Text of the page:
Each company is functioning at its own pace, its own rhythm. If an employee has the required abilities for his assigned role but is functioning slower than the average, he is potentially in trouble because he will most probably not be able to adapt quickly enough or to simply deliver on time.
But when an employee is not fitting, it might well not be because he is too slow or not qualified (we assume here that the person is appropriately skilled and socially integrated) but on the contrary because he is functioning faster than normal (above average). These cases are less frequent and consequently unexpected, misunderstood and often misinterpreted.
In the complex task of managing efficiently a company, managers cannot ignore the implicit or unconscious aspects that drive many human behaviours (see ‘the shadow of the enterprise‘). For example the human being often tends to map his own explanations to an observed behaviour (projection mechanism) i.e. if I (myself) was doing or saying ‘this’, it would be for ‘that’ reason. But of course we do not really know or have access to why another person did or said ‘this’, we can only suppose or infer. Since validating what we infer by asking questions is not a common mechanism, negative interpretations increase.
For these reasons, a person behaviour which is considered not “normal”, i.e. different from the majority, is very rarely interpreted positively and some of the following questions may emerge from his environment:
- Is he trying to show that he is better than me ?
- Is he trying to show that he can do more ?
- Is he challenging my position ?
- He completed that task in two days and it takes normally one week, what will my management think ?
- Will I have to match that pace and undergo more pressure ?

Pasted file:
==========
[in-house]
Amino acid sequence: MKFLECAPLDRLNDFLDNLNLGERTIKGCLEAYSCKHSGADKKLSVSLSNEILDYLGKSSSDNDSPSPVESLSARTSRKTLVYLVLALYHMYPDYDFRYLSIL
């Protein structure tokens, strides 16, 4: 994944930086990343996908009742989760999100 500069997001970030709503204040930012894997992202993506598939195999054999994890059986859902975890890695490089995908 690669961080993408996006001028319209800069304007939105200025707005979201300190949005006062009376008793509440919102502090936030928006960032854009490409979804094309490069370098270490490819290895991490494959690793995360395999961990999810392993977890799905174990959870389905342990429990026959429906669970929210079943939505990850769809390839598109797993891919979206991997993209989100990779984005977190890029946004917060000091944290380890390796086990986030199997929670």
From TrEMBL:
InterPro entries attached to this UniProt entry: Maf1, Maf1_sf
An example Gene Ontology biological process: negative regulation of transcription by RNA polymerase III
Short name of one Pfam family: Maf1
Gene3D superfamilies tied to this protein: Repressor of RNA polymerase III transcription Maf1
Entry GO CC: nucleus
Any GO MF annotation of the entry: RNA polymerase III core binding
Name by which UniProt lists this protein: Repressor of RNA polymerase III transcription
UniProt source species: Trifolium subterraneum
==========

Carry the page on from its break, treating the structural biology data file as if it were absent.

- Is he trying to change the way we work ?
These are some of the potential reasons individuals can think of why THEY would behave like this (projection). But persons may adopt an efficient behaviour naturally with no hidden agenda and for them, slowing down is not an easy or practical option.
The trick part is that recruitment processes aim at selecting the most efficient individuals but do not always make sure these persons will fit with the actual functioning of the company. This is amplified by the fact that job descriptions often do not reflect accurately the actual day-to-day job reality.
It is important to attract the best performers, but it is equally important to be able to keep and ‘feed’ them. For that purpose and in the company interest, job descriptions must match as closely as possible the real nature of the job. The recruitment process must also clearly explain the company functioning to the applicant, especially in its less tangible aspects (values, beliefs, behaviours, culture).
In conclusion, being more efficient on a ‘technical’ side is always better but on the human side and consequently in term of the overall company effectiveness, ‘more’ might be as problematic as ‘less’.
To avoid ‘more’ to be a problem that gets finally empirically solved (or not), natural performers must be clearly identified and require a human environment which understands and accept their atypical nature and behaviour. They must be assigned roles and tasks that match their particular abilities which are often combined with creative and unusual personalities.